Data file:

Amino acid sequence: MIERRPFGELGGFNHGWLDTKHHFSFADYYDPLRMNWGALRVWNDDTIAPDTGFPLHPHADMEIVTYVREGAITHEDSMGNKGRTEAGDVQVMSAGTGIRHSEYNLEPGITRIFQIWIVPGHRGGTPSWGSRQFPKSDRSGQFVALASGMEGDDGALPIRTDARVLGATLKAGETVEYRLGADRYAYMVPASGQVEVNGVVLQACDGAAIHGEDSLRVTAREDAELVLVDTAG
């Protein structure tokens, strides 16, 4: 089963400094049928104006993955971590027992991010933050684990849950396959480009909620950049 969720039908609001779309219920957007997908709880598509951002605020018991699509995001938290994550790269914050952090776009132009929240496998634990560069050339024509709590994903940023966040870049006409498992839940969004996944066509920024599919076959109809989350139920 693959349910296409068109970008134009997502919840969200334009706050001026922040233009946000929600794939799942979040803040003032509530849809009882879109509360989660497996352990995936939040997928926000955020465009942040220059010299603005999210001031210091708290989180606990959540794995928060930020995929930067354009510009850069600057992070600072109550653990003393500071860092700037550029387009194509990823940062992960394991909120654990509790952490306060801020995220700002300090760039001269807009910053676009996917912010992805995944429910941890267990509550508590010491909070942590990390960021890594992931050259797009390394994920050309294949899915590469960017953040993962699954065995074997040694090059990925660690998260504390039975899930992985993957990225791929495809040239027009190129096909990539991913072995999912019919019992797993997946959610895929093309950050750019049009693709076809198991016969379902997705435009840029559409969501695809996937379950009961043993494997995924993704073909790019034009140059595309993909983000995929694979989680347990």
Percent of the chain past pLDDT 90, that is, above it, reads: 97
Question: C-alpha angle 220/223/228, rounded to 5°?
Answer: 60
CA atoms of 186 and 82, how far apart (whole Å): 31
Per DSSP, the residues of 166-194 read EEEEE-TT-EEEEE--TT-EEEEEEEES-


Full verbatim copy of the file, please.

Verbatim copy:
Amino acid sequence: MIERRPFGELGGFNHGWLDTKHHFSFADYYDPLRMNWGALRVWNDDTIAPDTGFPLHPHADMEIVTYVREGAITHEDSMGNKGRTEAGDVQVMSAGTGIRHSEYNLEPGITRIFQIWIVPGHRGGTPSWGSRQFPKSDRSGQFVALASGMEGDDGALPIRTDARVLGATLKAGETVEYRLGADRYAYMVPASGQVEVNGVVLQACDGAAIHGEDSLRVTAREDAELVLVDTAG
């Protein structure tokens, strides 16, 4: 089963400094049928104006993955971590027992991010933050684990849950396959480009909620950049 969720039908609001779309219920957007997908709880598509951002605020018991699509995001938290994550790269914050952090776009132009929240496998634990560069050339024509709590994903940023966040870049006409498992839940969004996944066509920024599919076959109809989350139920 693959349910296409068109970008134009997502919840969200334009706050001026922040233009946000929600794939799942979040803040003032509530849809009882879109509360989660497996352990995936939040997928926000955020465009942040220059010299603005999210001031210091708290989180606990959540794995928060930020995929930067354009510009850069600057992070600072109550653990003393500071860092700037550029387009194509990823940062992960394991909120654990509790952490306060801020995220700002300090760039001269807009910053676009996917912010992805995944429910941890267990509550508590010491909070942590990390960021890594992931050259797009390394994920050309294949899915590469960017953040993962699954065995074997040694090059990925660690998260504390039975899930992985993957990225791929495809040239027009190129096909990539991913072995999912019919019992797993997946959610895929093309950050750019049009693709076809198991016969379902997705435009840029559409969501695809996937379950009961043993494997995924993704073909790019034009140059595309993909983000995929694979989680347990």
Percent of the chain past pLDDT 90, that is, above it, reads: 97
Question: C-alpha angle 220/223/228, rounded to 5°?
Answer: 60
CA atoms of 186 and 82, how far apart (whole Å): 31
Per DSSP, the residues of 166-194 read EEEEE-TT-EEEEE--TT-EEEEEEEES-